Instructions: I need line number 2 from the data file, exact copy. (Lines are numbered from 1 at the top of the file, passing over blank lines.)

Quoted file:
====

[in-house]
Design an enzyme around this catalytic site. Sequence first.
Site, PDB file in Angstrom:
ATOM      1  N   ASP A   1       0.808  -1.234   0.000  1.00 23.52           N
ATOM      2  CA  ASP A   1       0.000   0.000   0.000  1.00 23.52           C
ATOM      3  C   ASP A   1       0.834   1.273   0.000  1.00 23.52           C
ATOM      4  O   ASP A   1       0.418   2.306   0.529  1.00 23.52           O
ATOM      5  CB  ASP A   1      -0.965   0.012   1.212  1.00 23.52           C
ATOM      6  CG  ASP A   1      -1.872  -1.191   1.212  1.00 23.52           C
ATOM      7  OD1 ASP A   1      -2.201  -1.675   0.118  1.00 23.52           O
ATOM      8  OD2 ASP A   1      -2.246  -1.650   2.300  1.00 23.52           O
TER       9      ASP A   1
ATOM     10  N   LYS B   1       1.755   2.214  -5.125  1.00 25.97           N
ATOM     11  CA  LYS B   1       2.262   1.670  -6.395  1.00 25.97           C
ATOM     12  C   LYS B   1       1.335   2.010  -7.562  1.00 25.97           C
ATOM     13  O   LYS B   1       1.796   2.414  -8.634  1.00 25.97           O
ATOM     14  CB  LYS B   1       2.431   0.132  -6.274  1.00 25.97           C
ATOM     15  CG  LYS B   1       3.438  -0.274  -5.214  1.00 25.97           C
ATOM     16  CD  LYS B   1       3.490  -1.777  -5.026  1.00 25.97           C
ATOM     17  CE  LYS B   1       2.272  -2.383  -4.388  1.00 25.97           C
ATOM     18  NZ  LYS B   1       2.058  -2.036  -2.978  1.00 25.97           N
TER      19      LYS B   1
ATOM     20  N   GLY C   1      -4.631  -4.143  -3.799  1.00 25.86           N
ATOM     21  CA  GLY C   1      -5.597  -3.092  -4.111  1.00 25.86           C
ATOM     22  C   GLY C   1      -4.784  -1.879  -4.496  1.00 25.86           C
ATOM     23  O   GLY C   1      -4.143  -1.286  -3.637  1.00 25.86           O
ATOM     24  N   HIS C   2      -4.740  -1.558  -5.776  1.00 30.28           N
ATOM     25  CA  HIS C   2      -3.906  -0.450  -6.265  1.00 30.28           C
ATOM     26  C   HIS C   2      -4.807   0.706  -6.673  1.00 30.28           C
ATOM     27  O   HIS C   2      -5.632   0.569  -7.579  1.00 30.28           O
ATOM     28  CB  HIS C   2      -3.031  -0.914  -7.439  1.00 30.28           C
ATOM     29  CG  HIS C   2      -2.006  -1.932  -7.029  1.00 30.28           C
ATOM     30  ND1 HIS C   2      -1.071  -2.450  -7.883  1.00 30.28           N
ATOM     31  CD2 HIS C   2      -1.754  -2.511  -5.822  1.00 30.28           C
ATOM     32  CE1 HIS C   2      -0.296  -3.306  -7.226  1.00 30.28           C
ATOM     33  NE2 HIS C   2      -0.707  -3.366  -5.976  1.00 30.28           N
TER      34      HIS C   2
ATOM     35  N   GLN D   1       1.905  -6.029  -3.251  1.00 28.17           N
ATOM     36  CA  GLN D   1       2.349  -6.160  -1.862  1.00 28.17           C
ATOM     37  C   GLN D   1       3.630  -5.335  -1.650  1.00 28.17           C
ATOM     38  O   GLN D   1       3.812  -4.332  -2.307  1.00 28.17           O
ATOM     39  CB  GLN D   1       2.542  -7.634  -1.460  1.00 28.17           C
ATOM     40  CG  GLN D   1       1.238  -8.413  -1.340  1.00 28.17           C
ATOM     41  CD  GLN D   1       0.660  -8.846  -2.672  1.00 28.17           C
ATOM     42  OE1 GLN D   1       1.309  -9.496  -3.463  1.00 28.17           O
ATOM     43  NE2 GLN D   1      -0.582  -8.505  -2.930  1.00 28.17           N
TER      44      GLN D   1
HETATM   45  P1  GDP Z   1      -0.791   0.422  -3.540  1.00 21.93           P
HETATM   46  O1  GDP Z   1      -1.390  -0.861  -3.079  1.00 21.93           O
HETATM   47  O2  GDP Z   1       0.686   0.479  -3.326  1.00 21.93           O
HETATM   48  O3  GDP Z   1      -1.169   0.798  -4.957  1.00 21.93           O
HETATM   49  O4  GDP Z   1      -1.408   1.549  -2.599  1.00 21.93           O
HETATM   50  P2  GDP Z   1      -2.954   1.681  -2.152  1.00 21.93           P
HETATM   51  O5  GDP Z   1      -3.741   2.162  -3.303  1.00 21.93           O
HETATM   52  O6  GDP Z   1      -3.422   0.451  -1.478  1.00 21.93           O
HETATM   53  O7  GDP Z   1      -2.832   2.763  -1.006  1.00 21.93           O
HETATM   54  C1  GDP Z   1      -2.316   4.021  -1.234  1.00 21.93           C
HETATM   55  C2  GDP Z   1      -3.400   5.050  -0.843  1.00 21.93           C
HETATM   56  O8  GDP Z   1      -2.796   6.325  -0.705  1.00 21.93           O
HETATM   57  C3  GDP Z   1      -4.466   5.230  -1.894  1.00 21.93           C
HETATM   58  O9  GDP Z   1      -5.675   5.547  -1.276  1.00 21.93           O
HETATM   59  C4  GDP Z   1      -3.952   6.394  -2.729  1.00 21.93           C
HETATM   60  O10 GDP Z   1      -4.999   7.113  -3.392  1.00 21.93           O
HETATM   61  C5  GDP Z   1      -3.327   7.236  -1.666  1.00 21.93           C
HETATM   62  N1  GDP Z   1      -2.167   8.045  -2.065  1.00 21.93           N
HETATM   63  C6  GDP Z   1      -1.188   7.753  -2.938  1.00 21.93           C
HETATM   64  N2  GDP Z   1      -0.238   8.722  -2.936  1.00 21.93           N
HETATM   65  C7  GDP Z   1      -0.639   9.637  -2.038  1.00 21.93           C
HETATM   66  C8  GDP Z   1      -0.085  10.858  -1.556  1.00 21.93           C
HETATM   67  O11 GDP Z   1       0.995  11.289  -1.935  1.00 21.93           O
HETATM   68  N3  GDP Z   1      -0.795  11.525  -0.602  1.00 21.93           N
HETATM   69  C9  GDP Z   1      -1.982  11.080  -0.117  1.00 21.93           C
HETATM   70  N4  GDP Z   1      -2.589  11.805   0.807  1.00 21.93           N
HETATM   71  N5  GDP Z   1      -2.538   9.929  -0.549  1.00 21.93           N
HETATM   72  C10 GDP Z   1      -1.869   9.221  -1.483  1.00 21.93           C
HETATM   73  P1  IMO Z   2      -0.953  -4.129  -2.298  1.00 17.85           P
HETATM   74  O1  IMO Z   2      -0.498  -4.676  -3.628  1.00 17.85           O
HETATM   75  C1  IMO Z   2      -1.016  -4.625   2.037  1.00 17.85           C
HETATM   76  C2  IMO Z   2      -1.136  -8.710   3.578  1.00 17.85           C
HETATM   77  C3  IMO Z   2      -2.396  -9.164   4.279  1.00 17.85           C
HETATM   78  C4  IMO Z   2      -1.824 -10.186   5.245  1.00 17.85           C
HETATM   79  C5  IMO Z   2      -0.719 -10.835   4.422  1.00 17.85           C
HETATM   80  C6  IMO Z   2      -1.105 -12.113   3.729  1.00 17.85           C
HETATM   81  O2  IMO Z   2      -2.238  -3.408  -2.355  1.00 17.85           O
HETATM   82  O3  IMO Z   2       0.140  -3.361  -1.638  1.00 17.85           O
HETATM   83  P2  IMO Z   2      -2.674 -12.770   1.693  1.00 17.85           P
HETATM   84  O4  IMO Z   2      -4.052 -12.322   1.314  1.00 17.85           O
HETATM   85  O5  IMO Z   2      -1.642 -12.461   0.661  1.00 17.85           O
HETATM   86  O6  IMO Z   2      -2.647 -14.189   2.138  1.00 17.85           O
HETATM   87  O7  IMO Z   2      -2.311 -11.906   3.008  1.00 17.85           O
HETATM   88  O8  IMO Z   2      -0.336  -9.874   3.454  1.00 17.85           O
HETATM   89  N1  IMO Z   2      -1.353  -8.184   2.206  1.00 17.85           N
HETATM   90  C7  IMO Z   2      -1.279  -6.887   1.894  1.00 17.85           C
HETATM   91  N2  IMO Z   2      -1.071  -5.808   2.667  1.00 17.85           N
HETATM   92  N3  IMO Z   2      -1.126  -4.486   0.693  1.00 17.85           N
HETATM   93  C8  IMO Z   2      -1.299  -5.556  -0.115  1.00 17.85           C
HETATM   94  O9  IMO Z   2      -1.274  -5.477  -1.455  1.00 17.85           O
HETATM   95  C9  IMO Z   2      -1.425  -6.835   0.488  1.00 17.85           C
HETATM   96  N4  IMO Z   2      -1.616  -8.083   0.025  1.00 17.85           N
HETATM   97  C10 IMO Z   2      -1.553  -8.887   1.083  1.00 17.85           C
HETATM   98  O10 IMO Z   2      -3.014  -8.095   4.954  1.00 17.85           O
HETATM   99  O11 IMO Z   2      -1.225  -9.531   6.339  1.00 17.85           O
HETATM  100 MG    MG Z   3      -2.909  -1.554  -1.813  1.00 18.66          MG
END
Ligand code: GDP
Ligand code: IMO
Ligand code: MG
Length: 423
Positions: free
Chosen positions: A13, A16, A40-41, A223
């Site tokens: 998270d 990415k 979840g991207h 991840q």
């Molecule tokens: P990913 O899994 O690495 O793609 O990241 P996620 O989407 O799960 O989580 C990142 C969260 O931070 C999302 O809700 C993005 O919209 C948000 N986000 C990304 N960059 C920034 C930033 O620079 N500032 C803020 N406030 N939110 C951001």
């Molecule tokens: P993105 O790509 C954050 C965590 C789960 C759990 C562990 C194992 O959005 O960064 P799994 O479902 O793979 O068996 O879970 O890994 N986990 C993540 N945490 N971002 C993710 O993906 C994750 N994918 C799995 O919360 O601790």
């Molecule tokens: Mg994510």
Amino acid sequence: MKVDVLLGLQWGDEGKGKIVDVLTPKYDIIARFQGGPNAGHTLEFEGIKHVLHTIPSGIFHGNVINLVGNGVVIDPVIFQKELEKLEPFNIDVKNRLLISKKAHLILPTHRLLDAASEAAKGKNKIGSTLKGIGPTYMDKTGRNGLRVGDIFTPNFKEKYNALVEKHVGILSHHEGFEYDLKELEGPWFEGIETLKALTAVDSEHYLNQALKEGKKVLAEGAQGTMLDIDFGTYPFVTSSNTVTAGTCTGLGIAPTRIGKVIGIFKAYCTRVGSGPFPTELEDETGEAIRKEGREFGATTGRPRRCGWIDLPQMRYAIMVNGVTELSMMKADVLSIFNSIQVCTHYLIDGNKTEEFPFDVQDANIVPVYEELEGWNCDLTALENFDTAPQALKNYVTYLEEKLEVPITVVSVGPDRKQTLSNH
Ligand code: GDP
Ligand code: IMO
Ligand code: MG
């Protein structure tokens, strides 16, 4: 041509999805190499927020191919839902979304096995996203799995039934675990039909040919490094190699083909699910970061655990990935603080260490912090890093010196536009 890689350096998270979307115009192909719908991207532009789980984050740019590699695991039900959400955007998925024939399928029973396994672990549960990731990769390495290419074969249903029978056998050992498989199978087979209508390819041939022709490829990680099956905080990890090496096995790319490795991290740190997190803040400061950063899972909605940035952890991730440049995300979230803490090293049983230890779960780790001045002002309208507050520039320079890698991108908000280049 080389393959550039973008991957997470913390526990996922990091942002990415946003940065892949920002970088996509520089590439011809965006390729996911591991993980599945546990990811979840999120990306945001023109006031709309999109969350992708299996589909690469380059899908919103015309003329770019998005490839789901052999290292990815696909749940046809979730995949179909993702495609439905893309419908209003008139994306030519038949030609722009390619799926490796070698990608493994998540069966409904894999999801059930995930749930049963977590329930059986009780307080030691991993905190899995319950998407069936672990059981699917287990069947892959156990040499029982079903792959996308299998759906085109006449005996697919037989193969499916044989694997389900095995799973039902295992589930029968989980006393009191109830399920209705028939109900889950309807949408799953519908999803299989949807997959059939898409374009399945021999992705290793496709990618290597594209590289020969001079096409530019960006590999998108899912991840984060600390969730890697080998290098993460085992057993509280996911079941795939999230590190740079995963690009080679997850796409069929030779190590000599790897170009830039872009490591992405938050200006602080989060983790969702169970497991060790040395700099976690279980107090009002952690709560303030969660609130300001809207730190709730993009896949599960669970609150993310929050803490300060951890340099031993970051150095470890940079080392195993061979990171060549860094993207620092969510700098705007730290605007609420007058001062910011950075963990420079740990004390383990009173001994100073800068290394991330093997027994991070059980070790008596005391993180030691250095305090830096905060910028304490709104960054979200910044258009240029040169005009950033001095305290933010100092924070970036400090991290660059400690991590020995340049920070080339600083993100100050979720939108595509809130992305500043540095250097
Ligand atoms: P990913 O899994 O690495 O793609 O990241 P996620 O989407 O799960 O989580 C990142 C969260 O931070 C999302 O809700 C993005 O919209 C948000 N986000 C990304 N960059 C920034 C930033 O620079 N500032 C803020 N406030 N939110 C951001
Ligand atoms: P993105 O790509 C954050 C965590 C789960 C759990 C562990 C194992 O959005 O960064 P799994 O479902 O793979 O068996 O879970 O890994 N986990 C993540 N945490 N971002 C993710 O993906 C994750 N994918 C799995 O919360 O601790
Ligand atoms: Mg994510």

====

Design an enzyme around this catalytic site. Sequence first.